Rating 4 stars
Tokyo Ueno Station is a ghost story, an alternative history of Japan and a critique of Japanese society. Beginning among the homeless community who live in and around the busy commuter station near Ueno Park, it reaches back through time to the Great Kanto Earthquake of 1923, the post-war economic boom, the migration of workers to Tokyo to help build the Olympic park in 1964, and the devastating tsunami of 2011.
The narrator of the tale is called Kazu. Through him, we see a different Japan to the one portrayed in travel programmes and newspaper articles. It’s a harrowing story of loss and abandonment.
Across the novel, alongside Kazu’s personal account of recent Japanese history, we learn about more ancient Japanese history, as Kazu’s friend Shige explains the significance of the statues, shrines and temples located in Ueno Park.
The park is scathingly given its full name of Ueno Imperial Gift Park by Kazu in relation to the regular clearance of the homeless from the park whenever a member of the Japanese Imperial family makes an official visit. The irony is that the park was gifted by Emperor Hirohito to the people of Tokyo in 1924, in recognition of its role as a place of refuge for those displaced by the 1923 earthquake and as a place of hope for those searching for missing loved ones.
Kazu is one of the migrant workers who came to Tokyo in 1964. He grew up in Fukushima. He left his family there while he laboured in Tokyo, visiting them only twice a year and sending back money each month that he wouldn’t even have earned in a year back home.
Gradually we realise that he became one of the homeless. Yu Miri presents his view of the world in a nuanced way. His sense of defeat mingles with his anger at how life turned out for him and the others that Japanese society let down.
I was struck by one of the opening paragraphs, where Kazu’s philosophical sorrow is made clear.
I used to think life was like a book: you turn the first page, and there’s the next, and as you go on turning page after page, eventually you reach the last one. But life is nothing like a story in a book. There may be words, and the pages may be numbered, but there is no plot. There may be an ending, but there is no end.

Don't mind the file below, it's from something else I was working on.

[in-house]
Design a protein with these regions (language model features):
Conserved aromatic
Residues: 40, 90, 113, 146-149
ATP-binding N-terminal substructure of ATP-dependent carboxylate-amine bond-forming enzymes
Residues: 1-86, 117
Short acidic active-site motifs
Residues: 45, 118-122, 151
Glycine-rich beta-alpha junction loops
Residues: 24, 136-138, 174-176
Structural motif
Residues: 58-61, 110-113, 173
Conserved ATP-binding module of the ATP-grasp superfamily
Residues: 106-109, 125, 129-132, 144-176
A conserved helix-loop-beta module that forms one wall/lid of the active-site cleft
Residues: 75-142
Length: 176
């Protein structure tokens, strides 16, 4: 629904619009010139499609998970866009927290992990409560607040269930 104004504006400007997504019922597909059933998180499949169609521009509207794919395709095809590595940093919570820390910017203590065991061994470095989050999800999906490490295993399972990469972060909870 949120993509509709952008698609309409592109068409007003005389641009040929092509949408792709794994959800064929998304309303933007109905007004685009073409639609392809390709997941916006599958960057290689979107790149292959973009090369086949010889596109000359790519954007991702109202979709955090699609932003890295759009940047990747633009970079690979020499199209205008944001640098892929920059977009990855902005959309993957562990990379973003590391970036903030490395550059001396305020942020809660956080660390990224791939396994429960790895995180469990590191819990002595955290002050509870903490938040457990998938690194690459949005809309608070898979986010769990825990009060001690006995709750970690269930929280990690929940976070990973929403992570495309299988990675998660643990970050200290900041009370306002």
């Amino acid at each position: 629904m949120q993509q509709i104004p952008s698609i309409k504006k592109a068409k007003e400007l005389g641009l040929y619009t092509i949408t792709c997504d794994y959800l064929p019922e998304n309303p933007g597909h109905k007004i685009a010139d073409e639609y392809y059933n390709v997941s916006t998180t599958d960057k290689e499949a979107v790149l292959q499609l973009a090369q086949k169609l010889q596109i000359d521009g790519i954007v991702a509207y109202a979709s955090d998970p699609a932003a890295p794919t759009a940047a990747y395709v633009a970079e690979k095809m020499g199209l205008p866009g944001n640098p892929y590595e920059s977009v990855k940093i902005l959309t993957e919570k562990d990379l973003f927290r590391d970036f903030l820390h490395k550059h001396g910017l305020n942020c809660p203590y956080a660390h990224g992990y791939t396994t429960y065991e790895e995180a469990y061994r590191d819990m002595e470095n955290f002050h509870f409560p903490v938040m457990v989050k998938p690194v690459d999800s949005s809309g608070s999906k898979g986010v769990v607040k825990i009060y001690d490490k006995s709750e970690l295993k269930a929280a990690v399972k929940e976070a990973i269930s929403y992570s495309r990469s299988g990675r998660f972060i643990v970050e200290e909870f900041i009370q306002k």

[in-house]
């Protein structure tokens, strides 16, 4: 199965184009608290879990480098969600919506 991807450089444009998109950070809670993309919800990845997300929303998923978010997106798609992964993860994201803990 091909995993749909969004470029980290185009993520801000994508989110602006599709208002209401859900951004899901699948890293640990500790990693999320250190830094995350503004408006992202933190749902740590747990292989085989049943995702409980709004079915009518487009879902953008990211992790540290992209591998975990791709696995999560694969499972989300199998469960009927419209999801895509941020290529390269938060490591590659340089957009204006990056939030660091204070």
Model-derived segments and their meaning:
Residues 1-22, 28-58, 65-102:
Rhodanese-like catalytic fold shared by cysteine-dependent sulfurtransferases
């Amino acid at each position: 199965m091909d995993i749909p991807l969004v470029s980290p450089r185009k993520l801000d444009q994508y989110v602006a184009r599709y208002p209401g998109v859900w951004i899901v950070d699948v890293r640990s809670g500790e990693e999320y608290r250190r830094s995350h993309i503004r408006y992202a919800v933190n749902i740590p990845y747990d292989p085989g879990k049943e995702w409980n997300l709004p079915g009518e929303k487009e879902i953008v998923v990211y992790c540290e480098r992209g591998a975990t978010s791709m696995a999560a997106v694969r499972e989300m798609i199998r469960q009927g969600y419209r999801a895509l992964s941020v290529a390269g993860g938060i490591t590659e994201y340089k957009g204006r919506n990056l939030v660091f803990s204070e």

This made me think about the narrative that is etched into Japanese society and culture, that says each citizen must do their best, must take their place in the national structure, must play their role in the story of Japan. It made me reflect on how often that narrative must fall away. Whenever we have visited Ueno on our trips to Japan, heading back at night to where we were staying, I’ve been struck by the number of homeless people who bed down in the pedestrian subways that lead into the station. I haven’t noticed any homeless people in the park, but perhaps that’s because we’ve visited during the cherry blossom season. Perhaps the homeless people were tidied away behind the “metal panels with pictures of trees on them” described in the novel.
I’ve read books that include homeless characters living under the bridges that span the Sumida river in Tokyo. I watched a film on a plane over to Japan about a salary man who loses his job and is too ashamed to tell his family, dressing for work each day and heading to one of the soup kitchens that feed the homeless of Tokyo. I know that homelessness is a major issue in Japan. I’ve never read or watched anything that puts across so well the hows and whys of someone falling through the cracks or the way it makes them feel. This book is important because it presents this perspective. At home, I pass at least one homeless person sleeping on the street every day on my way into work. Numbers are increasing. The reasons why people become homeless are changing. It’s nothing to be proud of, but I don’t stop, I keep walking, like everyone else. Perhaps we do it because we don’t want to acknowledge that it could so easily be us. Perhaps that subconscious awareness makes us anxious to keep our own lives on track. There has been some research released this week that suggests our brains are programmed to protect us from thoughts of our own death. Perhaps we think of homelessness as a sort of death, and our brains make it easier to look away than to become involved.
Yu has Kazu explain why people become homeless in Japan. Reasons range from running up debts to meet the cost of living, going to prison and being unable to return to their families, and being divorced from a wife who keeps the children and family home, to being fired from a job late in life and becoming addicted to drink or gambling. Much the same as anywhere. Kazu also explains how homeless people make ends meet. It made sense of something I’ve seen on more recent trips to Japan. Japan has an excellent recycling system, but I’ve seen people on bicycles with trailers or on foot pushing handcarts collecting up aluminium cans from recycling bins or the bags left outside on recycling days. It puzzled me at the time, but Kazu explains in the novel that a homeless person can make money from selling these harvested cans.